The worst is yet to come

These events unfolded near the Dompaire village. The French controlled all hills around the settlement, with the Germans in the lowlands. The first to draw blood was the 4th Tank Squadron led by Lieutenant Jean Bailaud. In a quick engagement, they "traded" one Panther for one Sherman.

At 17:30, near a road from Dompaire to Epinal, a tank column commanded by Jacques Masseux engaged Panthers and German anti-tank guns in battle. Right from the march, the French were able to destroy a German gun. A French M10 named "Simun" snuck up close to the enemy among the trees and burned up a Panther with two shots, and not just any Panther but a command tank. A tank named Corsica also fired on the Germans, but its 75 mm shells ricocheted and a Panther's return fire set it ablaze. The crew received burns, but the fire was put out.

A Sherman named Languedoc engaged two Panthers at the same time at a range of 600-800 meters. The duel started out well, and the third shot knocked out a Panther. Seven shots were fired at the second tank, fruitlessly, while the Panther was able to knock out Languedoc with one shot. "Camargue" also received heavy damage. The French decided to retreat, as the silhouettes of their tanks and tank destroyers were lit up by the explosions. German tanks continued making their way to the hills south-west of Dompaire.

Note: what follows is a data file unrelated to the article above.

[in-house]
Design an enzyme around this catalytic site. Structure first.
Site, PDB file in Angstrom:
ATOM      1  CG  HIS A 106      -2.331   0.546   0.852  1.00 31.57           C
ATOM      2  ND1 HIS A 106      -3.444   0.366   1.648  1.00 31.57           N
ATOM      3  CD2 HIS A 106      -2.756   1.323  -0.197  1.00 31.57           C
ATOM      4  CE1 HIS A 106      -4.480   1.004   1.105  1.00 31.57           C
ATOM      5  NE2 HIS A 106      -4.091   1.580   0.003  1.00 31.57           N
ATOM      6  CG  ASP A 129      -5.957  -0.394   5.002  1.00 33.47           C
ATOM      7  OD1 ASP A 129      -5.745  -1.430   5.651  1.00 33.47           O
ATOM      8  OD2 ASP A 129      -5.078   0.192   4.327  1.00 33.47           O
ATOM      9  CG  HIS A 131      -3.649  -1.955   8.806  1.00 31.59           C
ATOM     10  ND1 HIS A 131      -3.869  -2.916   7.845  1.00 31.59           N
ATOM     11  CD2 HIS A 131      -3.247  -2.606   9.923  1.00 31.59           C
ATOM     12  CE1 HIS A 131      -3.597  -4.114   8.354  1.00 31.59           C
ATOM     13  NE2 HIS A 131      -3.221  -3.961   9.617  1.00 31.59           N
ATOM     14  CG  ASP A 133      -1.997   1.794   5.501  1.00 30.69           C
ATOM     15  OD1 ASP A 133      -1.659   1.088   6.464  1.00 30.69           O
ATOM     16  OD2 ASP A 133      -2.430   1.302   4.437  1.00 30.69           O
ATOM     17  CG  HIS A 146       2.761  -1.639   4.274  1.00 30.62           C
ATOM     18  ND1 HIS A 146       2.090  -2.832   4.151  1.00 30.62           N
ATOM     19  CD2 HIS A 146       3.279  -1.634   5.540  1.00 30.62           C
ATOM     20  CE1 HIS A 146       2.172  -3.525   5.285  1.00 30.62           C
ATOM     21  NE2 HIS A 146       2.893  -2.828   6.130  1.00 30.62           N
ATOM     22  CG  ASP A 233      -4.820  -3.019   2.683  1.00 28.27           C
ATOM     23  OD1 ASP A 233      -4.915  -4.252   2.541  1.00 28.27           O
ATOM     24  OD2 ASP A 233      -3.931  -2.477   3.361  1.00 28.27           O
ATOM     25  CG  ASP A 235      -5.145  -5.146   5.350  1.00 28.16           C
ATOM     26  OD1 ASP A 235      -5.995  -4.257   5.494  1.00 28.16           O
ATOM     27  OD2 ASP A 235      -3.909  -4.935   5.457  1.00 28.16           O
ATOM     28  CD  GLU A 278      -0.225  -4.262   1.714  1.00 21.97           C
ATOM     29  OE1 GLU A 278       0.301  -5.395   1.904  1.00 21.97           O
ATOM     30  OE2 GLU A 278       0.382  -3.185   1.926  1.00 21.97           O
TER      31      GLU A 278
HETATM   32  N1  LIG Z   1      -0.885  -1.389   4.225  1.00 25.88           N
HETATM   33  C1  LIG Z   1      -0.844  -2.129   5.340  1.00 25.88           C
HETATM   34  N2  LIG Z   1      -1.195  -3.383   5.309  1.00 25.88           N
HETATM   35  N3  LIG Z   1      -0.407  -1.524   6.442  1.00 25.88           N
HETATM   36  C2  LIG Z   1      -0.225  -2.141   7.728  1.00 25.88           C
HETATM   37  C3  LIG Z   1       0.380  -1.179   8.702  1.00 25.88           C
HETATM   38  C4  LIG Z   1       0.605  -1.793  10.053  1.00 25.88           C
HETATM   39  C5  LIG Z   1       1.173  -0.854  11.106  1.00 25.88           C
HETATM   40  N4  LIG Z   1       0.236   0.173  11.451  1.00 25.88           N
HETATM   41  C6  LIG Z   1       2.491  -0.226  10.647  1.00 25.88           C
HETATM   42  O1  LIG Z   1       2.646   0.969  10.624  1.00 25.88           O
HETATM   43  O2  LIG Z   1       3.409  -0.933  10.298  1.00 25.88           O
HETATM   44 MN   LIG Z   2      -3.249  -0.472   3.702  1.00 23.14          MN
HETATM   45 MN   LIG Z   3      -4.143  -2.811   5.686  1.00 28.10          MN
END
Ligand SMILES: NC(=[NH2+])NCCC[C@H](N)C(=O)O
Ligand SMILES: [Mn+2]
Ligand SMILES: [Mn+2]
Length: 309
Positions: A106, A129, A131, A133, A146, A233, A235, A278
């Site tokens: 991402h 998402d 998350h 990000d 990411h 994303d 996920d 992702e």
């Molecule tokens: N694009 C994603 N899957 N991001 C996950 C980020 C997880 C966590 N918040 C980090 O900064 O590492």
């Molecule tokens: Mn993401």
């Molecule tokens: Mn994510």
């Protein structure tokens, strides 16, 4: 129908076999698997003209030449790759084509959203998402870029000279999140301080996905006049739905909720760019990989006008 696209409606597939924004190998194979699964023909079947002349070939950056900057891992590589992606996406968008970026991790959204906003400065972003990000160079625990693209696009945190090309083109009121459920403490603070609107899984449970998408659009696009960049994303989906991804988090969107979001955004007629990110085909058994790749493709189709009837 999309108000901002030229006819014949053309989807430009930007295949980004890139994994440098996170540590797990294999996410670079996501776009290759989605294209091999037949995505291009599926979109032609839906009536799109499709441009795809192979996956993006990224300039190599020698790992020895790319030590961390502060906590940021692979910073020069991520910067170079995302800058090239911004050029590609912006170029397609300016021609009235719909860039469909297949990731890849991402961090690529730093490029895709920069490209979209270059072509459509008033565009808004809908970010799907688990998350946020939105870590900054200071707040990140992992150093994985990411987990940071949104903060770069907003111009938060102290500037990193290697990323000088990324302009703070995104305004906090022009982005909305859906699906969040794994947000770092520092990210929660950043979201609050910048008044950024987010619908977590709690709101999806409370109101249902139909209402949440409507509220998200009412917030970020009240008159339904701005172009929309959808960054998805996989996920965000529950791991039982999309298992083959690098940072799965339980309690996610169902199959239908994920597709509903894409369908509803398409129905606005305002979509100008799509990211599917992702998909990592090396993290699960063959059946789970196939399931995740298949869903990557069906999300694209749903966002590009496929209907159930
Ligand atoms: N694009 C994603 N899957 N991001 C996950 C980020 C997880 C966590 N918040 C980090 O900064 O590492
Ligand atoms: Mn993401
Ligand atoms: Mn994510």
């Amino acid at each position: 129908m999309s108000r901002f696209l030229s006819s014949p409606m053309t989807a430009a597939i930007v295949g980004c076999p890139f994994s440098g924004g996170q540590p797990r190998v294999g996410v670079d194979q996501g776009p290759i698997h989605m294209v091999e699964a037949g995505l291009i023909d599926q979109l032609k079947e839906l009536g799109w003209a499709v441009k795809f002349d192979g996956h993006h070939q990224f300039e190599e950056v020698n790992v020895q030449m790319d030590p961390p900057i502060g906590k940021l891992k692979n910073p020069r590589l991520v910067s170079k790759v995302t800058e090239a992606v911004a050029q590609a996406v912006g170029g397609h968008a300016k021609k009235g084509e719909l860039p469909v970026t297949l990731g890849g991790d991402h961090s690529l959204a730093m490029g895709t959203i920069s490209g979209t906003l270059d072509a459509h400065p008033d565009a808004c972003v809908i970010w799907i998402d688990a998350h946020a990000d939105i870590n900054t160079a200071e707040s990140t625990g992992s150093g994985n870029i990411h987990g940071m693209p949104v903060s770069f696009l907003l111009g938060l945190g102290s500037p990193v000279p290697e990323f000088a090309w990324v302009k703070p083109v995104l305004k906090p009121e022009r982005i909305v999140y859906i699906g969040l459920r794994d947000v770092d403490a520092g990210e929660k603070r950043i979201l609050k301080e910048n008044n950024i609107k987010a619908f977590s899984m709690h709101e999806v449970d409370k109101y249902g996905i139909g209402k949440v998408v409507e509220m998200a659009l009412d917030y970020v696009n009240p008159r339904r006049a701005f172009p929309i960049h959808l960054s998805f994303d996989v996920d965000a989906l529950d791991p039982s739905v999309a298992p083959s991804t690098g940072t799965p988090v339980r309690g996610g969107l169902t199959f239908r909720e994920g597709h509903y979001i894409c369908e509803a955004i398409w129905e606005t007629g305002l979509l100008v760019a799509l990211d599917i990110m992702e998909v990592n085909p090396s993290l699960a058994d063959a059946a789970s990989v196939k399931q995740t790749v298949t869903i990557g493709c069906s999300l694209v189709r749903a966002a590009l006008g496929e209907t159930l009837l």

Darkness fell by 21:00. Both sides exchanged shots blindly. The skirmish continued all night. Meanwhile, the infantry entrenched on the wooded hills under cover from tanks and tank destroyers. De Langlade requested air support and received assurance that fighter bombers would take to the skies as soon as the weather improved. Meanwhile, the Panthers pulled up to Dompaire. French artillery fired upon all entrances into the village to discourage them all night, and de Langlade's tanks blocked all possible movement.